A new report has named the countries whose UN peacekeeping troops have committed sex crimes abroad. The number of reported crimes is a noteable increase from last year.
UN Secretary-General Ban Ki-moon's new study, an advanced copy of which was obtained by various news outlets on Thursday, says a total of 99 sex-related crimes were reported among staff members across the organization, 69 of which were allegedly committed by peacekeeping troops.
That last number is a significant increase from the 52 sex-crime allegations levelled at peacekeeping troops in 2014.
Almost one-third of the peacekeeping crimes from 2015 occurred in the Central African Republic (CAR), which has seen recent reports of UN troops engaing in sexual abuse, or using sex as a bartering tool.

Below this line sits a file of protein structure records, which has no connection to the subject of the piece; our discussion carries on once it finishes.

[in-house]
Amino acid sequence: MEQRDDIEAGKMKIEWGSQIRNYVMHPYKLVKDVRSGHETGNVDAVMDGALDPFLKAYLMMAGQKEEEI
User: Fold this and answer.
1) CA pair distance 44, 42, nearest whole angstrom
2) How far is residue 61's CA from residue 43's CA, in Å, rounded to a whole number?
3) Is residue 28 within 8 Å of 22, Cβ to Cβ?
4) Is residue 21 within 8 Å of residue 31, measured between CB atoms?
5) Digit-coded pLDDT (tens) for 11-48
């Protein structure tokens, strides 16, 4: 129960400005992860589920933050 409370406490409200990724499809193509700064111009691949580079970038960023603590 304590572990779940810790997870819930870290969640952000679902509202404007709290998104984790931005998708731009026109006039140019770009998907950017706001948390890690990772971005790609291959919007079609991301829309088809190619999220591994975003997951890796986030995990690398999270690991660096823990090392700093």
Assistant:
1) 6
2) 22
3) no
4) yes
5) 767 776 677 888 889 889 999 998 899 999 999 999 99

Most of those peacekeeping troops were from the Democratic Republic of Congo (DRC). According to Reuters news agency, other nationalities listed in connection with the peacekeeping-related allegations include Burundi, Germany, Ghana, Senegal, Madagascar, Rwanda, Congo Republic, Burkina Faso, Cameroon, Tanzania, Slovakia, Niger, Moldova, Togo, South Africa, Morocco, Benin, Nigeria and Gabon.
In December, an independent body reported "gross institutional failure" in in dealing with allegations against UN peacekeeping troops in CAR. Since then, the UN has made a concerted effort to bring such crimes to light.
blc/bw (AP, Reuters)